This is a sponsored post written by me in conjunction with the January #WinePW event.
Wine samples were provided for this post and this page may contain affiliate links
Welcome to the first Wine Pairing Weekend (#WinePW) event of the new year. Happy 2018, all!! Jill at L'Occasion is hosting and invited the group to focus on wines from Sonoma. Read her preview post: here.
This Autumn, fires ravaged California and threatened the cities of Napa, Sonoma, and Calistoga. Friends and family were evacuated, but mercifully no one we personally know lost their homes or businesses. However, wineries burnt to the ground and many more were damaged. Vines were singed; we won't know the extent of the wildfires' effects on the grapes until next year - or later. It turns out that some of those vines served as firebreaks, protecting the wineries from the flames. Still, it was devastating to those communities.
Jill asked the WinePW bloggers to support a reputable fire relief resource and promote #SonomaStrong awareness. I first went to SonomaStrong.org, but, by January 2nd, they had exceeded their goal of $500,00 and were focused on disbursing the funds they had collected. That website pointed me towards Rotary 5130 Fire Relief Fund and Redwood Credit Union North Bay Fire Relief. I opted to support the former as my dad is a member of a local-to-us rotary club.
If you are so inclined, the relief is much-needed and much-appreciated. Thanks in advance!
As the hostess with the mostest, Jill even arranged for some Sonoma wineries to provide us with samples to taste, pair, and highlight. I received wines from Geyser Peak Winery and Balletto Vineyards.
- Camilla from Culinary Adventures with Camilla dazzles with Za’atar-Crusted Rib-Eyes with 2014 Geyser Peak Walking Tree Cab
- Ellen from Family Around the Table tempts with a pairing for Rosemary Roasted Cornish Hens
- Gwen from Wine Predator asks readers to Be #SonomaStrong: Drink Wine! Here’s Why and 5 to Try
- Lori from Dracaena Wines gets into the spirit with #WinePW Shows We Are #SonomaStrong
- Jeff from FoodWineClick! celebrates with #SonomaStrong withTwo Shepherds and Roast Chicken à la Alice Waters
- Cindy from Grape Experiences asks readers to TasteSonoma – Wines from Kunde Family Winery (and recipes for pairing)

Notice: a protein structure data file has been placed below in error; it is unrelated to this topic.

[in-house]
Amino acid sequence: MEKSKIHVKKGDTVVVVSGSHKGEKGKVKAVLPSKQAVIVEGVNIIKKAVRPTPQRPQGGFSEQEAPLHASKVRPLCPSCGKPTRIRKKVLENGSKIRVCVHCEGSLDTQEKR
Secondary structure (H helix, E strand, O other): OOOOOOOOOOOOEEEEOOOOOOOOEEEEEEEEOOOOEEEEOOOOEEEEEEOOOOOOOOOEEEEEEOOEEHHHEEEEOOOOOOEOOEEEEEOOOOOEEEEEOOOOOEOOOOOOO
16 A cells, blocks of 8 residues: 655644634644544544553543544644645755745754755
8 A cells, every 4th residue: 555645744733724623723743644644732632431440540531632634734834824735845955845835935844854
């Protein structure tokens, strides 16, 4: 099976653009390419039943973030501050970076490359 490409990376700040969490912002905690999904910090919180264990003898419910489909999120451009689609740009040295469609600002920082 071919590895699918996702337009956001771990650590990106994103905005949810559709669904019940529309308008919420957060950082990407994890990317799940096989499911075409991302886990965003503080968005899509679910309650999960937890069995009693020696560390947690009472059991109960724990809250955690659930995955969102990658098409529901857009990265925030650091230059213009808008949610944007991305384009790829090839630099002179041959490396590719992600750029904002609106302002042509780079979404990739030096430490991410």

- Wendy from A Day in the Life on the Farm is Celebrating Sonoma
- Nicole from Somm’s Table shows us Cooking to the Wine: Covenant Neshama Sonoma County with Smoky Beef Goulash
- David from Cooking Chat makes a pairing of Shrimp Pesto Pasta & #SonomaStrong Wine
- Nancy from Pull That Cork shares her #SonomaStrong Pairing:Jordan Chardonnay and Jalapeño Popper Dip
- Jane from Always Ravenous has prepared Mexican Shrimp Cocktail Paired with Geyser Peak Sauvignon Blanc #SonomaStrong #WinePW
- Lauren from The Swirling Dervish shares inspiration with #WinePW Celebrates #SonomaStrong: Roasted Halibut with Grapefruit-Fennel Salsa and Geyser Peak Sauvignon Blanc
- Jill at L’Occasion gets into Eat & Drink Local in Sonoma
In the Glass
Though I received four bottles of wine for this event - don't worry, I will be sharing pairings with all of them in the coming weeks - I have decided to focus on the 2014 Geyser Peak Walking Tree Cabernet Sauvignon from the Alexander Valley for this post.
The 2014 Walking Tree Cabernet looks inky and rich in the glass and features rich aromas of dark stone fruits, wild herbs, and a tinge of something sweet. Supple tannins entice you and finish with a sumptuous mouthfeel. Slightly savory, mildly earthy, I peeled back the layers and imagined a meaty dish alongside.
On the Plate
To mirror the wine's complexity, I opted for rib-eye steaks encrusted with za'atar and topped with butter-crisped mushrooms. The effect was as I had hoped: divine!